FINALLY: ponder whether or not Jesus is willing to keep his promises – and remember that God’s will is immutable.  His will is going to be done and it will be done perfectly.

How can we face our worst fears?  “Don’t be afraid….just believe.”  When all else fails, when there is nothing or no one else, believe in Him.  You will not be disappointed.

Copyright 1999 by Galen C. Dalrymple.

TODAY’S PRAYER: Almighty Father, we are creatures of such doubting natures.  We have faith in all the wrong things and we put our trust in things that are bound to fail us.  Forgive us for our lack of faith in You and Your goodness.  When we are afraid, may we run to the Rock that is higher than we are and there find reassurance and the power to believe in all Your promises.   In Jesus’ name, Amen.

DayBreaks for 11/19/15 – When Prayer “Doesn’t Work”

DayBreaks for 11/19/15: When Prayer “Doesn’t Work”

From the DayBreaks archive, 2005:

It happened just this past Sunday.  After church, one of the young ladies from our congregation sat down at the digital piano and tried to play something.  Nothing happened.  And so, she told someone, and an entire chain of events was set in motion.  Several people simultaneously began to try to figure out why the digital piano wasn’t working.  There is a skill to being a good troubleshooter and problem resolver.  You start with the most obvious things first and check on those to be sure that no assumptions have been made about what is working and what isn’t.  Such assumptions usually come back to haunt you later, so it pays to be meticulous!

Consider how it works when it’s your TV.  You turn it on and nothing happens.  So, what’s the first assumption?  The cord got disconnected.  You don’t jump to the conclusion that the TV signals are no longer present in the cable, through the satellite or in the air surrounding the TV.  You have faith that those things are still there and functioning. 

Sometimes, when we pray, it seems that our prayers “don’t work.”  So what do we do?  We stop.  Rather than believing that God is still there, we begin to complain that He’s lost His power or that He no longer cares.  Perhaps, instead of losing faith that God is there and that He does care, perhaps we should begin to search for the reason the prayer doesn’t seem to “work.”  It could be that there is sin hidden in our heart that we’re not confessed and repented of.  It could be that God wants us to learn more perseverance or patience in our prayers…and so He’s delaying His answer for a while.  Or, He may be trying to teach us something new about prayer itself.  The last thing that any of us would do when trying to fix a TV that’s on the blink would be to unplug it from the power.  Yet, that’s what we often do with our prayer life – if we’re not getting the result we think we should – we unplug from God.  And there’s one guaranteed result: if we’re unplugged from Him, prayer will never work.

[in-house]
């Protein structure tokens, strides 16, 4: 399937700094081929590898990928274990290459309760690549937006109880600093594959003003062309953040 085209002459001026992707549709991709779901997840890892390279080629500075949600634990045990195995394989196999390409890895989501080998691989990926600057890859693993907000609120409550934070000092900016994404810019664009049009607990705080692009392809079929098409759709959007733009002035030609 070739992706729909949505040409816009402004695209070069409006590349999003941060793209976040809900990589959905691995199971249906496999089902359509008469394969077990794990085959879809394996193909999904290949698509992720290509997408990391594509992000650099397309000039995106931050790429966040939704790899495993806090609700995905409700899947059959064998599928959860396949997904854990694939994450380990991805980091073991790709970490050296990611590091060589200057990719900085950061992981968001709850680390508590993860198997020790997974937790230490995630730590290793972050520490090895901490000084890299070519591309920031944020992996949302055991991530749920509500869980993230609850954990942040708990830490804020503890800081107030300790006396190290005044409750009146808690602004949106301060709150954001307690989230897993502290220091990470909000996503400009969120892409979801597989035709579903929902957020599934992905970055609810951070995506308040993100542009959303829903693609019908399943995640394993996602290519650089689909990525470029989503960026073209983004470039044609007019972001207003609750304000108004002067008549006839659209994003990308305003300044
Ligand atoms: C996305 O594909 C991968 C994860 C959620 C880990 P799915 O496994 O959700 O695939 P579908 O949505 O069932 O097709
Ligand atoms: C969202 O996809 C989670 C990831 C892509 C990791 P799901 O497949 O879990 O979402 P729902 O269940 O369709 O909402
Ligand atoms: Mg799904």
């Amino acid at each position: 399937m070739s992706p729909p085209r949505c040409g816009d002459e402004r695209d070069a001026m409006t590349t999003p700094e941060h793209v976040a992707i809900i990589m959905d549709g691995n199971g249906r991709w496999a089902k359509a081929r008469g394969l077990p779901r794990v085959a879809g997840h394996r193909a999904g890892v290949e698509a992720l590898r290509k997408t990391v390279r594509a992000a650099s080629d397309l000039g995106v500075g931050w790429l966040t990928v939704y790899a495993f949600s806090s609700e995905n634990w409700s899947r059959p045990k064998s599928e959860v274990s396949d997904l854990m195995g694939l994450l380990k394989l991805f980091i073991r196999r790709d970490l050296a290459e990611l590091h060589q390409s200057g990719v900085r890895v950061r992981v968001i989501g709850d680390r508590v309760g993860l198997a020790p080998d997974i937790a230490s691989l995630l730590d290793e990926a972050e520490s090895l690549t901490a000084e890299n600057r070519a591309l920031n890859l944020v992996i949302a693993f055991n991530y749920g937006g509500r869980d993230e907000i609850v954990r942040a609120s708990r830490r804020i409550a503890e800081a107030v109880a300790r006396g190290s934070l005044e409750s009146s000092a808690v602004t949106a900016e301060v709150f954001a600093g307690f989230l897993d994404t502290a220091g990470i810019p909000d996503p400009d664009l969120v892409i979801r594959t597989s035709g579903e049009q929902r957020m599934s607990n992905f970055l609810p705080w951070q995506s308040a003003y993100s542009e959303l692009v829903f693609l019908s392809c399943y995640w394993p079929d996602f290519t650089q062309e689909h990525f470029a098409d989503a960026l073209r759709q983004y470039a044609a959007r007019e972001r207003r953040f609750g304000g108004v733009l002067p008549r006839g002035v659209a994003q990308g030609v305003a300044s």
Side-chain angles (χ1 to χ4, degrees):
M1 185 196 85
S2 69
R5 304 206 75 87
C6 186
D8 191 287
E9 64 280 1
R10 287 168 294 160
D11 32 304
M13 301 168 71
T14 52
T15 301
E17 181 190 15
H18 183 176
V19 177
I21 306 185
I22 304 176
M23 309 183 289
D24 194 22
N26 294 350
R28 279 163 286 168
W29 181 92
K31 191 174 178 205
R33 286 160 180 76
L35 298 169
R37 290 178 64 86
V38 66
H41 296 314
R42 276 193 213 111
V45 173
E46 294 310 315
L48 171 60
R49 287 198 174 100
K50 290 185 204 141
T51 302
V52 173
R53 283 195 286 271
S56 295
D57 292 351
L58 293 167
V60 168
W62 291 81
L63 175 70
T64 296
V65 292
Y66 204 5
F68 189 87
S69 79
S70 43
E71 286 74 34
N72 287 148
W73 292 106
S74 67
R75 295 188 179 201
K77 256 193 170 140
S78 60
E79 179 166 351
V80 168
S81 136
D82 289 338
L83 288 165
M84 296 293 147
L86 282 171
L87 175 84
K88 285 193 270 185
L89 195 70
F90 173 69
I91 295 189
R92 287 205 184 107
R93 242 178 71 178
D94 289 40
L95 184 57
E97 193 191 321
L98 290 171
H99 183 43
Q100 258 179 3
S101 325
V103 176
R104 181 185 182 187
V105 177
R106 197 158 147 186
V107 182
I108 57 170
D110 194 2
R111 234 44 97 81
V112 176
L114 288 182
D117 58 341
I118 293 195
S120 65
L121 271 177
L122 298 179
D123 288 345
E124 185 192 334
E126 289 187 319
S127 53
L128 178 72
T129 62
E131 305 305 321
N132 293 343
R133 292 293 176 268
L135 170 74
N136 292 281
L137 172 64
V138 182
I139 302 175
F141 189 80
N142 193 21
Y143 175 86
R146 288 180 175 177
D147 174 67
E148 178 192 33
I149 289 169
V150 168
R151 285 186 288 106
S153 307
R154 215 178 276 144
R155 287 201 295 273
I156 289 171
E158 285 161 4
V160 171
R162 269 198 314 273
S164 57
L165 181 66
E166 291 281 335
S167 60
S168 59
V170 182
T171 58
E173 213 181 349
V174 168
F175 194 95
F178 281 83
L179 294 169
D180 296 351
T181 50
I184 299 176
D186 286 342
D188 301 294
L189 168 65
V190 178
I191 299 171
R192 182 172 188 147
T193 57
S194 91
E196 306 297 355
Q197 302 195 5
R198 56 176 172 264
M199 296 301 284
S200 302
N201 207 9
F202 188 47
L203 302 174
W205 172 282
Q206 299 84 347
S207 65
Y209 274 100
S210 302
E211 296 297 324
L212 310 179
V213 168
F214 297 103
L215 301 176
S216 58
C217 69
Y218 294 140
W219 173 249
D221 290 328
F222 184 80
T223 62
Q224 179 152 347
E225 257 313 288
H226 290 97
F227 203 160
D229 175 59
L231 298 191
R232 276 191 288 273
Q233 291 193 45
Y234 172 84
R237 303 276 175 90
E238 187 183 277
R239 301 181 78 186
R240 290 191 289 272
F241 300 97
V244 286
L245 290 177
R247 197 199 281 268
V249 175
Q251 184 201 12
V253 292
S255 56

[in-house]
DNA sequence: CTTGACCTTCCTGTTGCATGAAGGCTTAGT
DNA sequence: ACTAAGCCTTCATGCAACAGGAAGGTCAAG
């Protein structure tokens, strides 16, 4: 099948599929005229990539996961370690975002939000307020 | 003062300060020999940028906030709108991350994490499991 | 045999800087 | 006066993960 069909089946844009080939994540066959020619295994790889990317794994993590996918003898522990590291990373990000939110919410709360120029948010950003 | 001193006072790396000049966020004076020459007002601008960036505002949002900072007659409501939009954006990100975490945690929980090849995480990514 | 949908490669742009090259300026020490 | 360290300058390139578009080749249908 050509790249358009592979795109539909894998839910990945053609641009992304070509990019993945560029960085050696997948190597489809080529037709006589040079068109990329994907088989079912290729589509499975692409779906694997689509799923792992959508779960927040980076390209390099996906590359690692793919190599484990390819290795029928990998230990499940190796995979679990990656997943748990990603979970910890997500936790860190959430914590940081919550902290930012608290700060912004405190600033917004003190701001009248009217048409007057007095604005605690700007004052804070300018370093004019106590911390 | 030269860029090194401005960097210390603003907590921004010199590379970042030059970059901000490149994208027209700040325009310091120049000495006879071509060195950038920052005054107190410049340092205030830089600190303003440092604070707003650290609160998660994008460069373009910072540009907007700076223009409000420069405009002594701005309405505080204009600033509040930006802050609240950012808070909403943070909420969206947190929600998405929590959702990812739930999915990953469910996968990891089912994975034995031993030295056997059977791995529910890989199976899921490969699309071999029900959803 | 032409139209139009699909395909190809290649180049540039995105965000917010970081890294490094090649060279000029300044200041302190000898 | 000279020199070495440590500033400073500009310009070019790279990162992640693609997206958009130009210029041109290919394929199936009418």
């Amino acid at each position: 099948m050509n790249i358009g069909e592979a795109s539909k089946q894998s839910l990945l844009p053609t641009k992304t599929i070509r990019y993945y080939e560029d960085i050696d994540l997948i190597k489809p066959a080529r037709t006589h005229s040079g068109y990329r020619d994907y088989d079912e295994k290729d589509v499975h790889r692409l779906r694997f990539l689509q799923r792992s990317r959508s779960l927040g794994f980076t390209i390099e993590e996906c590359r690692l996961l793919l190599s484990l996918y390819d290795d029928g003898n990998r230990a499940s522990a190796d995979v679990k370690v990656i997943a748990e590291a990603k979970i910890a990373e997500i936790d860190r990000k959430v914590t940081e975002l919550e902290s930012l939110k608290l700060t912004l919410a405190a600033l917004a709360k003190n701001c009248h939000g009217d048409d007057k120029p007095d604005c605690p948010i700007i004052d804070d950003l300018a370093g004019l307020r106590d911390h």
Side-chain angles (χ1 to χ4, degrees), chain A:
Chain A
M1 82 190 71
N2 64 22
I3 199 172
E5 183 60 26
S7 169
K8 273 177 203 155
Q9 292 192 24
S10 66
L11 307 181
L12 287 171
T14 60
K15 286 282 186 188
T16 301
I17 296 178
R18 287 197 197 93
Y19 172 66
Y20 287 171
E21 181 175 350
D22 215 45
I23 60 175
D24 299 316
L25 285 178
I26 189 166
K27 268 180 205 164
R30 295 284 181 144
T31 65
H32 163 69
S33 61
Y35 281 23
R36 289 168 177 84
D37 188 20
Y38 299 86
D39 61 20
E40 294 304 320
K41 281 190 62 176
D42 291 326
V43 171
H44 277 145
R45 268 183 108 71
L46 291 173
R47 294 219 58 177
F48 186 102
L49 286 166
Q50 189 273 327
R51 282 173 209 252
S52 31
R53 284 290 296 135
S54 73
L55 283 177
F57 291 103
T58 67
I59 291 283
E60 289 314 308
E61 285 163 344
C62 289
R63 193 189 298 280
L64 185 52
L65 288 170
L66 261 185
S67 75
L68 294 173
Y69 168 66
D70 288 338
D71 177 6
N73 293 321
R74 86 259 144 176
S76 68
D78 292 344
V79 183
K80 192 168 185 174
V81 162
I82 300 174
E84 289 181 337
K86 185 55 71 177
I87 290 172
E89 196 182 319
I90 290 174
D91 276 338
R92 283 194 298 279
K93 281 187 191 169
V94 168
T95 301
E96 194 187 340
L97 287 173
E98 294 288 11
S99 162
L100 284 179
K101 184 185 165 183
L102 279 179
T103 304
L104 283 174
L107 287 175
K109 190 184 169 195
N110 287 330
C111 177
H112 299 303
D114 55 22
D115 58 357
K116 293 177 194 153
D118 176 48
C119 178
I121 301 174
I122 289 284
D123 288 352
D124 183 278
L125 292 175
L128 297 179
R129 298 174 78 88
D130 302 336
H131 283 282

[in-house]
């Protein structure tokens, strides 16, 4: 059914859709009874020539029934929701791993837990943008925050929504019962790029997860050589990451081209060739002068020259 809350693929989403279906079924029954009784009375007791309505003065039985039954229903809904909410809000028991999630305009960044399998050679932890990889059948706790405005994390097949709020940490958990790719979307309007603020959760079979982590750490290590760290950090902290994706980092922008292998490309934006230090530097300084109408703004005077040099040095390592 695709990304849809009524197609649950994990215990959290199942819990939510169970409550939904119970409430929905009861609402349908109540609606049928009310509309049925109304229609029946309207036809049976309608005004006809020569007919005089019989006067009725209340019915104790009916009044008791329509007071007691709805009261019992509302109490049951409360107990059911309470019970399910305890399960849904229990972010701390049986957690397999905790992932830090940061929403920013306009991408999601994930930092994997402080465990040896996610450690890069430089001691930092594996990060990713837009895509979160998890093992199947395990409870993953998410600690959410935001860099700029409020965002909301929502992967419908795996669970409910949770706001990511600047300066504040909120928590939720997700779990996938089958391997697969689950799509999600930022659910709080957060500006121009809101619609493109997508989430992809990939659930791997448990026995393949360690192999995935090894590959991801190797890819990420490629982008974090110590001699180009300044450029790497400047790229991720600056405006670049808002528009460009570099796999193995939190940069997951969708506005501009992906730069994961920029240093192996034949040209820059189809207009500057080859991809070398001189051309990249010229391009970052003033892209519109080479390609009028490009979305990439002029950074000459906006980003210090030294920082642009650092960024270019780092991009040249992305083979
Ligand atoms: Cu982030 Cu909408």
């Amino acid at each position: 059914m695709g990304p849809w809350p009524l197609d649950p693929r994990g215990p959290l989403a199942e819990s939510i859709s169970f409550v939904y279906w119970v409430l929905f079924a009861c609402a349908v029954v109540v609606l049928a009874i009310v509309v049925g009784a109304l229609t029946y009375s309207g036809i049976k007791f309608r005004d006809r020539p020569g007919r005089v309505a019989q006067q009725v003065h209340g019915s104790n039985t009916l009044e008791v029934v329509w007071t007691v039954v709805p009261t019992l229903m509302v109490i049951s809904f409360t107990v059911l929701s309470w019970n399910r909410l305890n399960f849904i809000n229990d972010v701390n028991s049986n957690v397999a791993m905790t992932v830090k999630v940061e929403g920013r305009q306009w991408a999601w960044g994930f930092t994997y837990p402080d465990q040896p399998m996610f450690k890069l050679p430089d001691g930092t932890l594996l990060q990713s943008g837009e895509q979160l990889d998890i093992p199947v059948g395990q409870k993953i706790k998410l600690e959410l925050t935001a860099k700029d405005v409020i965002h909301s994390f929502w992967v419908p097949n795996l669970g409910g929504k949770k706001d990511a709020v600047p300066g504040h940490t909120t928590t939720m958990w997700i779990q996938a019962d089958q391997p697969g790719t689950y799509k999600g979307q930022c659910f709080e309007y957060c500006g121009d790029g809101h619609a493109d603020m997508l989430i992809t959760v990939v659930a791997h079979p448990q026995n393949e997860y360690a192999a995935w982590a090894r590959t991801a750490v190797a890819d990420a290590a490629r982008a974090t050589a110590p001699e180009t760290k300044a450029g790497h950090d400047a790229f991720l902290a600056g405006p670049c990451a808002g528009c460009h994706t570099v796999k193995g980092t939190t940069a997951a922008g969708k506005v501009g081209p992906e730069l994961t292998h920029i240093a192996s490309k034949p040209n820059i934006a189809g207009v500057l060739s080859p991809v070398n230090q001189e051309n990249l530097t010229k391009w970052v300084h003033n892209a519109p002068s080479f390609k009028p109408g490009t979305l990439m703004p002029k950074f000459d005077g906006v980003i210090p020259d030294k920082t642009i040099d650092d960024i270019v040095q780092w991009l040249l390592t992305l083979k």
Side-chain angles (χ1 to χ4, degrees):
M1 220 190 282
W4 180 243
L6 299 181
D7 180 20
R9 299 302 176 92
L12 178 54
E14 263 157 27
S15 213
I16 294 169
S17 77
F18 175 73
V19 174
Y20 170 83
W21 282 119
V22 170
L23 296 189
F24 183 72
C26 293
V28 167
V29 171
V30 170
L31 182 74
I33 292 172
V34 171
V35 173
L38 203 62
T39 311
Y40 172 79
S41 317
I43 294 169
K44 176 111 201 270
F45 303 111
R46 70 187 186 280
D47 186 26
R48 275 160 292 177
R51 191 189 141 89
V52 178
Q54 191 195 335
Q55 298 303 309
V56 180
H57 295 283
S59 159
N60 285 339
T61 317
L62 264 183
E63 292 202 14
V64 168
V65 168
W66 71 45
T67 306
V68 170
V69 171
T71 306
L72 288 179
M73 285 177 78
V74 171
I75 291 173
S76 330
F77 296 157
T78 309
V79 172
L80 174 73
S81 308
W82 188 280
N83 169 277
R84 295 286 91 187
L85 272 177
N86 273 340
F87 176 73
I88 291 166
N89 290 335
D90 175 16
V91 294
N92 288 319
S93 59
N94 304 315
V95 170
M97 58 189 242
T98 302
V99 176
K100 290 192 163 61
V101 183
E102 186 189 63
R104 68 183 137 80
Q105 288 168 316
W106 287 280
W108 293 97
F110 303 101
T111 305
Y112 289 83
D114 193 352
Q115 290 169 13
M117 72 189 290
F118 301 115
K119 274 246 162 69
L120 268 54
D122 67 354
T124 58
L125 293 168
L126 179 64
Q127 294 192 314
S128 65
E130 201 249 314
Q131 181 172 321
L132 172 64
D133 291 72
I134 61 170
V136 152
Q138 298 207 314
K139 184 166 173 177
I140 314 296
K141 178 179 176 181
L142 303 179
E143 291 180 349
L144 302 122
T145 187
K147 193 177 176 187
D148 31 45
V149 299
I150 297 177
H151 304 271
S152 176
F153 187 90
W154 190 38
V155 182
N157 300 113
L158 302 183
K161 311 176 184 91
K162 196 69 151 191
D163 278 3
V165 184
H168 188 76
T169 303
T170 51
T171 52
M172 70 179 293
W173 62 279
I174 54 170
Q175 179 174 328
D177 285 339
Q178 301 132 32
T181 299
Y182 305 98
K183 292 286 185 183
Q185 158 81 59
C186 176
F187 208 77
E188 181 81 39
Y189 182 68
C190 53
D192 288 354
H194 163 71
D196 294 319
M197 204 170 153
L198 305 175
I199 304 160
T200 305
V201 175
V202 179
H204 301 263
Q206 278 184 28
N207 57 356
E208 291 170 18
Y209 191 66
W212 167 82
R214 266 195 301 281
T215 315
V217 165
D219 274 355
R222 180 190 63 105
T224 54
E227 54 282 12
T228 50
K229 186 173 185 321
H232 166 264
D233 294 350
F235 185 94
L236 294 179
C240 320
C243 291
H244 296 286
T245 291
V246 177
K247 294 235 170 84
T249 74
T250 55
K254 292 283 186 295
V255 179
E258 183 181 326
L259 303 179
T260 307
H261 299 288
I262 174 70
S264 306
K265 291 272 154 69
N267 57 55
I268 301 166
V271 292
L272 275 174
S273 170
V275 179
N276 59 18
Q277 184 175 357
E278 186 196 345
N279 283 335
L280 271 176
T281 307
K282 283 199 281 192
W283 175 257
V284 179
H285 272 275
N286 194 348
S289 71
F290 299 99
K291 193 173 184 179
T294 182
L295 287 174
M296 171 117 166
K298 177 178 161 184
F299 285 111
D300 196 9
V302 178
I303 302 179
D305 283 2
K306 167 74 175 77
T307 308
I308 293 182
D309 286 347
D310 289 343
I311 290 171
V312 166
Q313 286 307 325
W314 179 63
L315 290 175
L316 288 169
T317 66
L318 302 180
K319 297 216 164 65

1 Thess. 5:17-18 – Pray without ceasing.  In every thing give thanks: for this is the will of God in Christ Jesus concerning you.

Copyright 2005 by Galen C. Dalrymple.

TODAY’S PRAYER: Lord, it is fairly easy for us down here to get discouraged with our praying. We are told to pray without ceasing, and sometimes we pray for years and it seems to do no good. So we get frustrated and start to doubt Your goodness. May we not lose sight of how good You truly are and how faithful You are to Your children! In Jesus’ name, Amen.

DayBreaks for 11/18/15 – Running Back to the Cellar

DayBreaks for 11/18/15: Running Back to the Cellar

From the DayBreaks archive, 2005:

It is interesting how many lessons we can learn from fairy tales.  As Stasi and John Eldredge noted in Charming, the story of Cinderella “turns upon an invitation.”  It was the invitation to attend the king’s ball that gets the whole story moving forward.  Up until the invitation arrives, all we know of Cinderella is that she’s living with a wicked step-mother and is ill-treated by her two step-sisters.  She slaves in the kitchen and cellar and it appears that things will always remain that way.  She seems destined to a life in the cellar with her enemies always having the best over her.

But then, an invitation arrives, an invitation that changes everything.  And when the invitation, something springs to live in the heart of Cinderella.  She begins to dream of a beautiful ball gown, of dancing with the prince, and perhaps even of the prince falling in love with her and living happily ever after.  She dares to dream that perhaps the prince will fall for her and love her!

It isn’t by accident that the invitation arrives and grace begins to take root in the heart.  God’s invitation has been issued to the one and only King’s Ball that will be held in heaven.  Just as Cinderella didn’t have to “earn” the invitation, neither do we.  It comes unwrapped and ready to be put to use.  The invitation, however, must be accepted and opened.